Life-changing

NORWOOD, St James — Like other youngsters living in an inner-city community riddled with crime and fraught with other dangers, a 20-year-old female of Norwood in St James knows all too well the negative impact this can have.

Her response to her environment was anger. She had difficulty controlling her temper and the smallest things would set her off. She was like a ticking time bomb.

“Growing up in the community and seeing a lot of things… you are not taught how to deal with certain situations so you turn to anger. Sometimes… the anger gets the best of us,” stated the woman whose identity we will not reveal.

Now the owner of a business, she still remembers the rage she felt after the murder of one of her loyal customers who had taken the initiative to market her business after the service she provided left him impressed. She unwisely lashed out, expressing anger inside her place of business, her behaviour threatening her source of income.

She has had a problem controlling her rage since primary school and therapy provided no relief.

She finally got help through the USAID Transforming Our Perspective (TOP) Cognitive Behavioural Therapy (CBT) Programme.

“This one really helped me to get over some things — control my anger, to know how to deal with persons, understand people of different backgrounds and so forth,” she stated.

She is one of Norwood’s 86 at-risk youngsters between the ages of 17 and 29 who participated in TOP CBT. The initiative, which started in April and will come to an end next year, is one of many being implemented across the country under the wider US$16-million Local Partner Development project which started in February 2017 and will come to an end next year. It has been a game-changer for the young woman.

“You also have something that they call the RAIN (Recognition, Acceptance, Investigation, and Non-Identification) technique and so forth that we received in the CBT sessions where you just learn how to control yourself and calm down… so that there is no bad outcome,” she explained.

In addition to personal development, the USAID initiative provides training and grants to participants who have an interest in entrepreneurship.

“This programme reached out to me to assist me with all of those needs. I got a business grant for my business and I did business training. The training that I got I implemented into my business and I am seeing tremendous results. The programme has assisted me in becoming a better person,” she stated.

A second participant has also seen his life improve after enrolling. He sells sky juice on the streets for a living and is currently doing a certified course in food and beverage through the USAID programme.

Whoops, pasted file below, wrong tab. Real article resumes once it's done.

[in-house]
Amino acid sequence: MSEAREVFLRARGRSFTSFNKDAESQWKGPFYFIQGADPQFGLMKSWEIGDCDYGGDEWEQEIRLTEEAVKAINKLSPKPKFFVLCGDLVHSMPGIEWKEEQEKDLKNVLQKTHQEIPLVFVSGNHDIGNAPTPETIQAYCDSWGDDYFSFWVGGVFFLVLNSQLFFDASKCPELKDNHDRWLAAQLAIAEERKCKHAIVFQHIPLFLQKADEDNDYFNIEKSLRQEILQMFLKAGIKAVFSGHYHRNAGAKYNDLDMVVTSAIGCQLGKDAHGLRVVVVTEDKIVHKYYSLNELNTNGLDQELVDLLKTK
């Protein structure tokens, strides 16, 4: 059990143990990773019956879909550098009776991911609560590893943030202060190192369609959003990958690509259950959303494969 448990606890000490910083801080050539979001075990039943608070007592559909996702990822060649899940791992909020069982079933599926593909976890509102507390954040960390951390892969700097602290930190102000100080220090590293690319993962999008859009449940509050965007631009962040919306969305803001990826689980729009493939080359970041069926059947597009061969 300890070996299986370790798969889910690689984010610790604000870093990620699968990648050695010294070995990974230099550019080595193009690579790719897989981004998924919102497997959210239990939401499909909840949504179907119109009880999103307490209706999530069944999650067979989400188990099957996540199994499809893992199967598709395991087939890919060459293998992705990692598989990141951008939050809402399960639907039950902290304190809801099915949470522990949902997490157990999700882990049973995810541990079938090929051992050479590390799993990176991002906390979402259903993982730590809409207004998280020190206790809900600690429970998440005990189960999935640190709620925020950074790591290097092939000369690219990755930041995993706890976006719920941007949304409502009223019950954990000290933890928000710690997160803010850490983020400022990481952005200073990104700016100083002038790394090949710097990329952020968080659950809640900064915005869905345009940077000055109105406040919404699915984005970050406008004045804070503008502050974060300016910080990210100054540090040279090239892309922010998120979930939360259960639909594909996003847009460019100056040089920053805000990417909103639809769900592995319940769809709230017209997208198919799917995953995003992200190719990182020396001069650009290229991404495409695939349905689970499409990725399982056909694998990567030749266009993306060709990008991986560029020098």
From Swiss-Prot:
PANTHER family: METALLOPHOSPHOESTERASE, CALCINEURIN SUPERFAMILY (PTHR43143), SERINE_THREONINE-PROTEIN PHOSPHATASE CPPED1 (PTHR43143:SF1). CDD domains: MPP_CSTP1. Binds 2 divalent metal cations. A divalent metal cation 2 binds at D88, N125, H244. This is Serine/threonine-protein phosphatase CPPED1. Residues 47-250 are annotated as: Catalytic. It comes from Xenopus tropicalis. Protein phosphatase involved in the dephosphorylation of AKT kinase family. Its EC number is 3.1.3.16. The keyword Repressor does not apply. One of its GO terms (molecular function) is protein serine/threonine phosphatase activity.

He had it tough growing up, he said, with his mother struggling financially and his father eking out a living by being a hustler. He has had to fight to sell his sky juice on the streets.

“Other higglers don’t like to see when you are trying. It is like they don’t want to see you accomplish in life. That is the fight that I’m getting, but otherwise I stay to myself. I don’t really keep friends. I grew up in the garrison but I stay to myself. I don’t follow company,” the young man stated.

He has been traumatised by the death of friends who, he said, were innocents slain by gunmen.

“It makes me feel a way, like paranoid at times. Mi cyaan sleep most a di times because you don’t know when someone is going to take my life as well,” he said.

He is working hard so that he can leave Norwood and help his family.

One area in which his hard work with the USAID programme has already paid off is his success in quitting smoking.

“I used to smoke but I go to drugs counselling because of the FHI360 (Family Health International 360/USAID) initiative,” stated the young man.

A third participant, who said he did not have many issues growing up in the community, said the programme has also had a huge impact on him as he finally has a birth certificate and State-issued identification.

“It has helped me a lot. It has helped me with paper problems because I never had them. Mi go ah school without dem,” stated the 17-year-old.

In the past he did masonry work alongside his grandfather. Now he is being trained to become a banquet server.

Generated by Feedzy